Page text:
The Press and Journal (Aberdeen and Aberdeenshire)
Tech business benefited by being ahead of curve on cyber-security
Each week, we ask small businesses key questions. Here we speak to Jai Aenugu, managing director of Aberdeen-based firm The TechForce
How and why did you start in business?
I always dreamt of having my own business and creating an impact on the wider community. Winning an Elevator Award (entrepreneurial supporter of the year, 2016) gave me the confidence boost to quit my IT job with an oil services firm and establish The TechForce.
As well as helping to create jobs in the local economy, I wanted to show that you can build a potentially global business from Aberdeen that would prove the city isn’t just about oil and gas.
How did you get to where you are today?
Hard work and never giving up. I was fortunate that we were early adopters of cyber-security at a time when many businesses, especially small and medium-sized enterprises, didn’t see it as a genuine threat, or something that could happen to them.
It’s early days for the business but we have supported over 100 different clients across a wide range of sectors.
I genuinely care about helping our customers, so the most important thing I can do is listen then come up with solutions that protect and empower their businesses against external threats.
Who helped you?
Too many people to mention individually, as well as organisations such as ScotlandIS, the Scottish Business Resilience Centre, Business Gateway and the Scottish Council for Development and Industry.
I’ve been a member of the Federation of Small Businesses for two years and, as well as providing an opportunity to network with like-minded people, it’s a relief to have a wide range of support – from legal to employment advice – should the need arise.
It’s vital to have a strong support network you can lean on for guidance and learn from.
In turn, I’ve dedicated time to support others who aspire to start their own business or develop a career in cyber security.
What has been your biggest mistake?
At least in the first year, thinking like a small business. We can all be guilty at times of limiting our options; for example, by only selling your product/ service to customers locally or targeting only smaller businesses as clients.
We can work with any UK-based company, which creates significant growth opportunities.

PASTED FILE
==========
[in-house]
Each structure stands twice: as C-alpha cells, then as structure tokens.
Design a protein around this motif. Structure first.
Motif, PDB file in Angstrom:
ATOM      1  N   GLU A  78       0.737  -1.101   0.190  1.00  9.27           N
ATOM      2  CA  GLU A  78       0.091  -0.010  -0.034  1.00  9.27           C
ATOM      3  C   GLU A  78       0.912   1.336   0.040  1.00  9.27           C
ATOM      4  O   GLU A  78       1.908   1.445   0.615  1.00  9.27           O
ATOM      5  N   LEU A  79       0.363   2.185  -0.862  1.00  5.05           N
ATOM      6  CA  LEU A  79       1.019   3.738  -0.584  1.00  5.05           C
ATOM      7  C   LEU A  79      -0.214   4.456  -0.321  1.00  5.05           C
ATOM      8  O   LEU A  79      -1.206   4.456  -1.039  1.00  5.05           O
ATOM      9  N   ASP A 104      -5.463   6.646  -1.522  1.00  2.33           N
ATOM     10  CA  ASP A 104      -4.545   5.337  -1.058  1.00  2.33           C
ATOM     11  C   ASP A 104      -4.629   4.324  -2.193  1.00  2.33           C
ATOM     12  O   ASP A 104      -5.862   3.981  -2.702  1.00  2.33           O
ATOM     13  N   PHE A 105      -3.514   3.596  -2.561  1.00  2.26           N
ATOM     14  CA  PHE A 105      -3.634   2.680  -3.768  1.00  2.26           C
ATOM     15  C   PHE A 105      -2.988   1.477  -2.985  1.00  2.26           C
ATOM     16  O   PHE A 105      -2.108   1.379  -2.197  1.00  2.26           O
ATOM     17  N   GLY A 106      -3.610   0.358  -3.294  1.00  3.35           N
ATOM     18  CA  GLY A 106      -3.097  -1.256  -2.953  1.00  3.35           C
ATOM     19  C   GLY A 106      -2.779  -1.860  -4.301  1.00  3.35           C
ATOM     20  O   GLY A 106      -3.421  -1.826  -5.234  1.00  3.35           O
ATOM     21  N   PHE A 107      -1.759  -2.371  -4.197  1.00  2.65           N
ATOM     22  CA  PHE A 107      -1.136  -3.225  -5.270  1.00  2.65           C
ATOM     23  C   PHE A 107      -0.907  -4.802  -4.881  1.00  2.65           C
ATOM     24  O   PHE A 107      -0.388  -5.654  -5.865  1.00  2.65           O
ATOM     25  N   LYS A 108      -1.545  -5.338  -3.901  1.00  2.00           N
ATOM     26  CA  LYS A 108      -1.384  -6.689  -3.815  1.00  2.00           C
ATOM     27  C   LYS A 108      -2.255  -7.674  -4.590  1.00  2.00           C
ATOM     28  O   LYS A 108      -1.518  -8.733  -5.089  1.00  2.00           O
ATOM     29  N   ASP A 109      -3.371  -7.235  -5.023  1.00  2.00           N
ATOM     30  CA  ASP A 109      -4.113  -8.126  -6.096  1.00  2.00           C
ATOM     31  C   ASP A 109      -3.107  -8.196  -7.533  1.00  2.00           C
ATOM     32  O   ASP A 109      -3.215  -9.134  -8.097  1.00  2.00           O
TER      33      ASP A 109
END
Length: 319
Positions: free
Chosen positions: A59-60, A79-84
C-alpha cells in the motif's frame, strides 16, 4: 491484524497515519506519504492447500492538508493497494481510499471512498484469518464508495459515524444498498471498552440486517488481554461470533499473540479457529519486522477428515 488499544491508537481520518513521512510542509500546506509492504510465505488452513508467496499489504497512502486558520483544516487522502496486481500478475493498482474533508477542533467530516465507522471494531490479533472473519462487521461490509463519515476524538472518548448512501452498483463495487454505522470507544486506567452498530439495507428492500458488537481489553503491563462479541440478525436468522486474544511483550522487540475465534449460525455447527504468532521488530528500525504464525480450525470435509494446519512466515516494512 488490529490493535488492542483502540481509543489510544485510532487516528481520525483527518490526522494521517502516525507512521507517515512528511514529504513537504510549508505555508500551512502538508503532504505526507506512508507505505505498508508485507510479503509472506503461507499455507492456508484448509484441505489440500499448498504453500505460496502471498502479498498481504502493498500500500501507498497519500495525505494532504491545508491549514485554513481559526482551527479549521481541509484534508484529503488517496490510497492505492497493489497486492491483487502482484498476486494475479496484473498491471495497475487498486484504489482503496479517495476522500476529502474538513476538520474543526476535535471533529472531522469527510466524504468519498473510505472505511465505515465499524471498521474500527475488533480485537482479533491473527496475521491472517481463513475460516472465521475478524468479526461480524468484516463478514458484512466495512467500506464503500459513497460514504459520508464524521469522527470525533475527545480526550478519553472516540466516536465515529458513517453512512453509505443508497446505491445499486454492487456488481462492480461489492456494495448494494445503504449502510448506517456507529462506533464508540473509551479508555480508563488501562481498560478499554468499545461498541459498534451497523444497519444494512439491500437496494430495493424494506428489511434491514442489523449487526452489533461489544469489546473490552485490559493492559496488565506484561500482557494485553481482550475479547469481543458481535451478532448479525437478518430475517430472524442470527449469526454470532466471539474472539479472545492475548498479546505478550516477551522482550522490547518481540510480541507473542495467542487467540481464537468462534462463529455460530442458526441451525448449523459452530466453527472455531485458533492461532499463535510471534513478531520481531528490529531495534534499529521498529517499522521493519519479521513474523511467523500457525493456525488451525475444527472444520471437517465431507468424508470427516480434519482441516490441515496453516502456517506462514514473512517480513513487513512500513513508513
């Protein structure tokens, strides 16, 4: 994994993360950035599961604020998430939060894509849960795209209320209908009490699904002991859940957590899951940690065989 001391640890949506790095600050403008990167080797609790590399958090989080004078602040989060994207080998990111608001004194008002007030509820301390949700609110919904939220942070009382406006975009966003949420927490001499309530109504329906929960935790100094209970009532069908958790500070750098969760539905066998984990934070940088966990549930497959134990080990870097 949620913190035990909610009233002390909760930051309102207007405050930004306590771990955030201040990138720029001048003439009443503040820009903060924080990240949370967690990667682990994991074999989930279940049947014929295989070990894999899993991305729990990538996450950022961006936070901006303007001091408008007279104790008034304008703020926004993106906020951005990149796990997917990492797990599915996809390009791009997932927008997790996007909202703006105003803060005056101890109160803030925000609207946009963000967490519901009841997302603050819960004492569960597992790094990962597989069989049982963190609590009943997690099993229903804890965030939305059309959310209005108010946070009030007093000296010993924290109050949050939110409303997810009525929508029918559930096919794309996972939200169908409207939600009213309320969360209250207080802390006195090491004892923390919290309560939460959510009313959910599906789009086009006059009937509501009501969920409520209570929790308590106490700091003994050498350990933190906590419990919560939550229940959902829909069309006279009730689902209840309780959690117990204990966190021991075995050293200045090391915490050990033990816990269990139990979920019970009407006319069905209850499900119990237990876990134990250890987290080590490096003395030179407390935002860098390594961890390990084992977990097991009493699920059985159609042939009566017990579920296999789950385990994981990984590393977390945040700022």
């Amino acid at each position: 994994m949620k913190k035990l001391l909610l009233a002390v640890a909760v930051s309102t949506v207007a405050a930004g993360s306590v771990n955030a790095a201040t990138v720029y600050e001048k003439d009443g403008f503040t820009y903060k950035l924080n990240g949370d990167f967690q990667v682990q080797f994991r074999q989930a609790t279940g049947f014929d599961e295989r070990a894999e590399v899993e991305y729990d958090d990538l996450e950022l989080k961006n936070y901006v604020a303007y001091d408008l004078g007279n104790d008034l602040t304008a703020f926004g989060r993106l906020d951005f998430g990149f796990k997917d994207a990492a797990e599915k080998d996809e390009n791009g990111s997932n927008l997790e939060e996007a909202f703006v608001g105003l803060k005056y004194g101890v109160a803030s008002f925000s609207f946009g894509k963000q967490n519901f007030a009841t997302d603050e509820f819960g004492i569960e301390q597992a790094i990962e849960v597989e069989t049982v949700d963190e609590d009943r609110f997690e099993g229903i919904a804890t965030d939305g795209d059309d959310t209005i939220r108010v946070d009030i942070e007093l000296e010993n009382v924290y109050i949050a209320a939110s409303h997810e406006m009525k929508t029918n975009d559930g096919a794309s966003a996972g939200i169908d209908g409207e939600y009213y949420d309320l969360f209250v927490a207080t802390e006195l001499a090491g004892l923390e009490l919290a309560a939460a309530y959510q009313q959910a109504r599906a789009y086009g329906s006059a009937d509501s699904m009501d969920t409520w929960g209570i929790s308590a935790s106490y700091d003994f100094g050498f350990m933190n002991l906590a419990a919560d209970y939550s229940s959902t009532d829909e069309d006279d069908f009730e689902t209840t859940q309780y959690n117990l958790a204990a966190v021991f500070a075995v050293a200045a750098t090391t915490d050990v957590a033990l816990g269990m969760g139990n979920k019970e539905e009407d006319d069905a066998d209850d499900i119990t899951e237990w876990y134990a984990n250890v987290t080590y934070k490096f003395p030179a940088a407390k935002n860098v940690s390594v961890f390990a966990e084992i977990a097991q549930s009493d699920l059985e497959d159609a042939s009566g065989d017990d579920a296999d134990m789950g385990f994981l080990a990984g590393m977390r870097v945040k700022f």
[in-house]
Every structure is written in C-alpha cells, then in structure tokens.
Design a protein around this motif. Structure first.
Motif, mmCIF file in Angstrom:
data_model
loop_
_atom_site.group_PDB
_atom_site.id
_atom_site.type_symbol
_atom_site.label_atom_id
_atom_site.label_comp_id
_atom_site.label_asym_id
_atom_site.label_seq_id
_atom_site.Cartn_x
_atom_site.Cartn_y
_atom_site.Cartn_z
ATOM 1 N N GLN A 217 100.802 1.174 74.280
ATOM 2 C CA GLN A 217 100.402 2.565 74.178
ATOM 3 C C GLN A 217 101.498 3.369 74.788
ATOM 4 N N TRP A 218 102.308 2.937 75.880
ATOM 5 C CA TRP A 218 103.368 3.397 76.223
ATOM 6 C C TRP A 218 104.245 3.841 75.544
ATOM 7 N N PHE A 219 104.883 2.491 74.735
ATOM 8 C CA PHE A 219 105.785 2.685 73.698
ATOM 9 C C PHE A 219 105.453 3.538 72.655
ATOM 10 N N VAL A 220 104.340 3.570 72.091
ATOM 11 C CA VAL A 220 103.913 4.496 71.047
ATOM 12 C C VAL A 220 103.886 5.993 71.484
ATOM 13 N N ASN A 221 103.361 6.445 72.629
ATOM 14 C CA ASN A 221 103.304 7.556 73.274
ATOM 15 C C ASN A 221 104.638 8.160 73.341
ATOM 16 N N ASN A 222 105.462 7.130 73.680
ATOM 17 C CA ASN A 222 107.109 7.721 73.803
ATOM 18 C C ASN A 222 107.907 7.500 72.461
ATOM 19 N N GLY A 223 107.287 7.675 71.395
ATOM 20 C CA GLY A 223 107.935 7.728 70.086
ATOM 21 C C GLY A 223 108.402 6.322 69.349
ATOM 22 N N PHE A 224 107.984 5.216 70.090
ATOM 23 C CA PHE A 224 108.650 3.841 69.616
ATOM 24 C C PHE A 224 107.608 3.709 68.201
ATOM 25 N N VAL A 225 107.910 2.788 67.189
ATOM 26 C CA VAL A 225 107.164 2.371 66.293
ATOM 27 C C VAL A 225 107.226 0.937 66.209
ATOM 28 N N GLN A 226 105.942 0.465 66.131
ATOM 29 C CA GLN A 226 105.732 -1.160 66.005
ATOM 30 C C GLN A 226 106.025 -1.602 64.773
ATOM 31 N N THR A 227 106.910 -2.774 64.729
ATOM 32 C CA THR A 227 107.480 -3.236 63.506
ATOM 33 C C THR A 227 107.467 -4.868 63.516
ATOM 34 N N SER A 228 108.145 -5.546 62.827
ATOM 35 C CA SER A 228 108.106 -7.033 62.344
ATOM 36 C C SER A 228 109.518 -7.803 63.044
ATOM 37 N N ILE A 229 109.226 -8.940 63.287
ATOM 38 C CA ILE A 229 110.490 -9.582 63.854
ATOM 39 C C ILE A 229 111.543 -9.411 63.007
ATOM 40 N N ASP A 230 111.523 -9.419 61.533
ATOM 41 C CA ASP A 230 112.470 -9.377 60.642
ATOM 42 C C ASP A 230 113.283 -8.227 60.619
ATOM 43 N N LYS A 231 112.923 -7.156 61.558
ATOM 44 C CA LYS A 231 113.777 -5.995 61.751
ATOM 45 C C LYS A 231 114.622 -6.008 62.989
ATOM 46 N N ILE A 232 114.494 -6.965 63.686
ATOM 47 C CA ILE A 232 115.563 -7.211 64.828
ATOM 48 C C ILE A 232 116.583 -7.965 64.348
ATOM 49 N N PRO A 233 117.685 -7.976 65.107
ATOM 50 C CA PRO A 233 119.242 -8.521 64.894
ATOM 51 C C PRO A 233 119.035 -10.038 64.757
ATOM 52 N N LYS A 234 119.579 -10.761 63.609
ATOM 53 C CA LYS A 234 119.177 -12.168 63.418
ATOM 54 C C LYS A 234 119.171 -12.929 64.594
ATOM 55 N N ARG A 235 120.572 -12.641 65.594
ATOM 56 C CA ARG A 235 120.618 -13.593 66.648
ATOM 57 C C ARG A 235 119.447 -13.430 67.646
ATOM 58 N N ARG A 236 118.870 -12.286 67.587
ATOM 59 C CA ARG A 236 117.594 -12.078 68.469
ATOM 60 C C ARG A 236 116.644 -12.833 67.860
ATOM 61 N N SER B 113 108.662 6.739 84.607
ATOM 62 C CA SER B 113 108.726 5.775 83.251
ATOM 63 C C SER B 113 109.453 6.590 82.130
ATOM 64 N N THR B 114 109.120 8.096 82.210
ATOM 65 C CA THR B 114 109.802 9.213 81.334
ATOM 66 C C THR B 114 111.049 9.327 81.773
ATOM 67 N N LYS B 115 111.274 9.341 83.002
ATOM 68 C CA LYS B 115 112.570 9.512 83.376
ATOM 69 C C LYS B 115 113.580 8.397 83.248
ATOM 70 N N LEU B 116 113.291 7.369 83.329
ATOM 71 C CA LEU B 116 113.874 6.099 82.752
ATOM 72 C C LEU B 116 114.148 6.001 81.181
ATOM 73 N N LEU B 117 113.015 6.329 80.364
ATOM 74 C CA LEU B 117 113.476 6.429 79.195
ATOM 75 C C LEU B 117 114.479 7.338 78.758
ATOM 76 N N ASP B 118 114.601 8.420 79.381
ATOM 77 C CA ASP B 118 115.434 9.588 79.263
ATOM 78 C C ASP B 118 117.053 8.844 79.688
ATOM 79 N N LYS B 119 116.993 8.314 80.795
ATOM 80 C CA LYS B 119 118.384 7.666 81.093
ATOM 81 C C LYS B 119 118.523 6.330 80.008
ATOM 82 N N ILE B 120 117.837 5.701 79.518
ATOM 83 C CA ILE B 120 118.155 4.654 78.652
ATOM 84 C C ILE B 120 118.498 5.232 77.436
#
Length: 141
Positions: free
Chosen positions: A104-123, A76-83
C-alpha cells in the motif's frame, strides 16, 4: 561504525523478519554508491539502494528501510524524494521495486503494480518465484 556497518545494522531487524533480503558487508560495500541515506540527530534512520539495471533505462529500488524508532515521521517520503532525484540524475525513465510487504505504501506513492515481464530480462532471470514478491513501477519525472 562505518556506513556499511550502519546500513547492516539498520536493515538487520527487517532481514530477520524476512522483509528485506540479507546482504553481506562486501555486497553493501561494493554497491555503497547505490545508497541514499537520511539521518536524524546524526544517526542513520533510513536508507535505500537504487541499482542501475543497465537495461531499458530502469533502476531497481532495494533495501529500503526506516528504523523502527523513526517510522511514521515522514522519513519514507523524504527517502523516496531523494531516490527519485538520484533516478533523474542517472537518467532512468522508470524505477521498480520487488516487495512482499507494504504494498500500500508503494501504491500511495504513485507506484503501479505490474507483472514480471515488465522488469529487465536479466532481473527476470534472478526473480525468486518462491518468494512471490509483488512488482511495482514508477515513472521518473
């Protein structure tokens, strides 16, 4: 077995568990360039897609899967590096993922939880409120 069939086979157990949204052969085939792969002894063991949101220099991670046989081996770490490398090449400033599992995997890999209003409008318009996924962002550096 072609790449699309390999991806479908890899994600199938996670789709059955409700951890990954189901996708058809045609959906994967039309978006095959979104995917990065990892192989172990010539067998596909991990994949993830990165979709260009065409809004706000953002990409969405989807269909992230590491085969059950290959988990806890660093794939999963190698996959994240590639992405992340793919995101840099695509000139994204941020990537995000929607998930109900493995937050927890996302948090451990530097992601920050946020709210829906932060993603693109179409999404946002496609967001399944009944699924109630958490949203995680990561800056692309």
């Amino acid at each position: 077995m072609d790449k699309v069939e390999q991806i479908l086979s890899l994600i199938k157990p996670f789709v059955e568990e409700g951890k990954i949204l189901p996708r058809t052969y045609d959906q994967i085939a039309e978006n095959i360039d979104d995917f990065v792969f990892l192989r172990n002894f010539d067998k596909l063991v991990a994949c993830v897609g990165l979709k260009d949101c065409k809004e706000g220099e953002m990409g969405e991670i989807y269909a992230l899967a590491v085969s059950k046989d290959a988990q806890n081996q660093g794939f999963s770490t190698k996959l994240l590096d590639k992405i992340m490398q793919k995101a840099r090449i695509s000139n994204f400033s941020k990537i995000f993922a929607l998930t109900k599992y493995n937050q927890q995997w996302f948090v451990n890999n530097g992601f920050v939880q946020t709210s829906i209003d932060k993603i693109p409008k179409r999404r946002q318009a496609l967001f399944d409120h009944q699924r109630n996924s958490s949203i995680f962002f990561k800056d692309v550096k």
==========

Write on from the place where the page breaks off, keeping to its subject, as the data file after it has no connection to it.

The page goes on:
What is your greatest achievement?
It has to be survival, especially in the wake of the last oil and gas downturn. Last year we made the decision to pivot the company and focus exclusively on cybersecurity services.
Education is something I’m extremely passionate about, so I’m pleased to have had the opportunity to “pay it forward” by giving back to schools, colleges and universities throughout the north-east.
If you were in power in government, what would you change?
The UK Government deserves credit for the recent steps taken to protect businesses of all sizes, but a big challenge lies ahead in attracting the right talent to live and work in the UK. After completing my master’s at Edinburgh Napier University I secured a work visa and later citizenship, but there were plenty of hoops to jump through first.
The country would benefit from a change to the immigration system, where we can open doors to the world’s best and brightest and help fill skills gaps where they exist.
What do you still hope to achieve?
We’re just getting started and I feel we have only begun to scratch the surface.
We expect to grow the team from four to 10 people this year and look forward to growing our client base and developing existing industry partnerships
The impact of cyberattacks has resulted in many businesses closing temporarily or suffering significant revenue losses. We are well-placed to make a significant contribution by empowering businesses to take the necessary precautions to keep critical data safe.
What do you do to relax?
I’m a keen runner and have raised money for several north-east charities, including Charlie House, Clan and the Gathimba Edwards Foundation, by taking part in various longdistance races.
I find it’s a useful stressreliever and helps focus my mind on the business, as well as keeping me fit. I also enjoy cooking traditional Indian dishes, such as chicken biryani and kaddu ki kheer and spending time playing with my two-yearold daughter Shikha.
What are you currently reading, listening to or glued to on the TV?
I enjoy audiobooks, especially while running or driving to visit clients, that give me pointers about business or the latest technology. I’m currently listening to Gap Selling by Keenan and Sandworm by Andy Greenberg. The next book on my list is about parenting, by Joanna Faber and Julie King.
I don’t watch too much TV, but do enjoy watching the odd Indian movie – usually the more underrated, cult classic films that don’t come from the big Bollywood production studios.
What do you waste your money on?
I’m always looking for the next must-have gadget or technology innovation. I’m a big fan of Apple products and wear an Apple Watch to stay in contact with clients and business contacts.
Steve Jobs (Apple’s cofounder) was someone I looked up to when starting my own business. I read his biography and was amazed by his passion and vision.
How would your friends describe you?
Ambitious, outgoing, honest and helpful.
What would your enemies say about you?
I’m very competitive and have a reputation for being very active on social media.
It’s something I’ve done deliberately to try to differentiate my business, but also appreciate it’s not to everyone’s taste.
“A big challenge lies ahead in attracting the righttalentto live in the UK”